Don’t hate the player… hate the game! How our different conceptions of an academic professional identity can influence our perceptions of the REF and TEF

Research and teaching metrics loom large over the landscape of UK higher education. Measurements of research and teaching quality are not exactly new in UK HE but it is hard to find many parallels with the level of reform to both research and teaching evaluation systems which has occurred over the past 24 months.  Amid a research discourse which characterizes the spread and impact of these metrics using metaphors of illness or pathology, our research takes a critical stance, examining the nature of these evaluation systems and the potential for organisational and individual practices to either amplify or mediate their effects.

To some, the metrics are a curse and clear sign of the declining “health” of the academy; to others they are just another system to be learned or “gamed” to their own advantage. Drawing on Durkheim’s metaphor of a social pathology, we examine the ways in which academics negotiate or accommodate their professional practices and priorities in response to the various teaching and research metrics. This has lead our research to examine how conceptualisations of professionalism in HE could be an important factor influencing individual responses to metrics.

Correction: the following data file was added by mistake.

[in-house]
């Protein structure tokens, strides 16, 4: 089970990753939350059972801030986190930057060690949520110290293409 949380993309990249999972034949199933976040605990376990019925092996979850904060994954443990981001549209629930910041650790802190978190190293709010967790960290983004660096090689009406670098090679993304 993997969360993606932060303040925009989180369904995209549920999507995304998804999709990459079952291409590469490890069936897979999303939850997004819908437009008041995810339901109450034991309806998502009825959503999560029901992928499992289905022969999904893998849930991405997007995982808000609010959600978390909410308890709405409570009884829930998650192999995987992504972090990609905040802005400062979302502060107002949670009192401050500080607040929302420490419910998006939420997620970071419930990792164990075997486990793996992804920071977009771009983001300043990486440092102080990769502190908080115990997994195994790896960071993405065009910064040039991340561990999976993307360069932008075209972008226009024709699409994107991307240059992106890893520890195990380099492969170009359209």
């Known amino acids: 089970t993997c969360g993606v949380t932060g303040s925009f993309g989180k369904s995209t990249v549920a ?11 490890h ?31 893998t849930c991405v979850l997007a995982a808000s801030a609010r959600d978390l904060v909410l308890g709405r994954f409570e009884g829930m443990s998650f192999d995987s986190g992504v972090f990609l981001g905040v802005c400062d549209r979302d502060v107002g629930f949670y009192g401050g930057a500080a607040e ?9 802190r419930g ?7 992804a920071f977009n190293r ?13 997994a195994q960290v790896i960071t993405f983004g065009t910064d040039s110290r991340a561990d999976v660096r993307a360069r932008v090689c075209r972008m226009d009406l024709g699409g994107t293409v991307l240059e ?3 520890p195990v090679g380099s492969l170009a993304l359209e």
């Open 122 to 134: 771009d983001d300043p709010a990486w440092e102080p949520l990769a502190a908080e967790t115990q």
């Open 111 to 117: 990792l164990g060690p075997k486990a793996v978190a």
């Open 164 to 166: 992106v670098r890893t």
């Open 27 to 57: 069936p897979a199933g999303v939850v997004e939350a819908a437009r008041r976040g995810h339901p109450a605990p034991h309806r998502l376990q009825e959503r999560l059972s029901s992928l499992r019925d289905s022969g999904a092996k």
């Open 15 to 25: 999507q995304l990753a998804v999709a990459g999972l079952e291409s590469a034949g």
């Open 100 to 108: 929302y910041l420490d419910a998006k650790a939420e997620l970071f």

In this presentation we will present data collected through surveys and interviews involving 109 academics based in Education related departments (e.g. Ed Studies, SEN, and Early Childhood) in universities across the UK. Based on their accounts we aim to demonstrate that patterns of response to the metrics that we have identified reflect a deeper difference in how these various academics conceptualize their professional identity. You may even recognize your own reaction in one or more of these patterns (Are you an Adam, a Barbara or a Carol? Come along and find out…)

Ultimately we will take a critical look at the pathology metaphor itself. If we see research and teaching metrics as being “unhealthy”, we have to consider who are they unhealthy for? What may be healthy for the individual or institution may be unhealthy for their discipline or colleagues. However you feel about metrics, love them or loath them, we hope our talk will offer you an insight and maybe even a new perspective with which we can all interrogate our own reaction to metricization.